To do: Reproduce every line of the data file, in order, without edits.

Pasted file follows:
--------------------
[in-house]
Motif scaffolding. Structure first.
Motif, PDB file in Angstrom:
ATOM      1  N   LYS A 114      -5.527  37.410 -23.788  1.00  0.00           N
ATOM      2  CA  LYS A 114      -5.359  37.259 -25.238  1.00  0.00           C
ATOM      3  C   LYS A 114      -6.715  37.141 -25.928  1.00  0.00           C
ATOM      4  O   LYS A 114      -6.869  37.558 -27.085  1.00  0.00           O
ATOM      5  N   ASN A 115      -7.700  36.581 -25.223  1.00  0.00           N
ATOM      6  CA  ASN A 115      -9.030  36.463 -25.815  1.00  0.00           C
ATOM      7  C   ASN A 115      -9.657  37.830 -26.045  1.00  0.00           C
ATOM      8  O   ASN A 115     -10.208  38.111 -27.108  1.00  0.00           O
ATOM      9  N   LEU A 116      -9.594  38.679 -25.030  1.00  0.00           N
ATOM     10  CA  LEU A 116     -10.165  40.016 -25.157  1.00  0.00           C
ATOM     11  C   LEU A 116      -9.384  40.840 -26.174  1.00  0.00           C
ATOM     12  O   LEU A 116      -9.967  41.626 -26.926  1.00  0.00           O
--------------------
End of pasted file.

[in-house]
Motif scaffolding. Structure first.
Motif, PDB file in Angstrom:
ATOM      1  N   LYS A 114      -5.527  37.410 -23.788  1.00  0.00           N
ATOM      2  CA  LYS A 114      -5.359  37.259 -25.238  1.00  0.00           C
ATOM      3  C   LYS A 114      -6.715  37.141 -25.928  1.00  0.00           C
ATOM      4  O   LYS A 114      -6.869  37.558 -27.085  1.00  0.00           O
ATOM      5  N   ASN A 115      -7.700  36.581 -25.223  1.00  0.00           N
ATOM      6  CA  ASN A 115      -9.030  36.463 -25.815  1.00  0.00           C
ATOM      7  C   ASN A 115      -9.657  37.830 -26.045  1.00  0.00           C
ATOM      8  O   ASN A 115     -10.208  38.111 -27.108  1.00  0.00           O
ATOM      9  N   LEU A 116      -9.594  38.679 -25.030  1.00  0.00           N
ATOM     10  CA  LEU A 116     -10.165  40.016 -25.157  1.00  0.00           C
ATOM     11  C   LEU A 116      -9.384  40.840 -26.174  1.00  0.00           C
ATOM     12  O   LEU A 116      -9.967  41.626 -26.926  1.00  0.00           O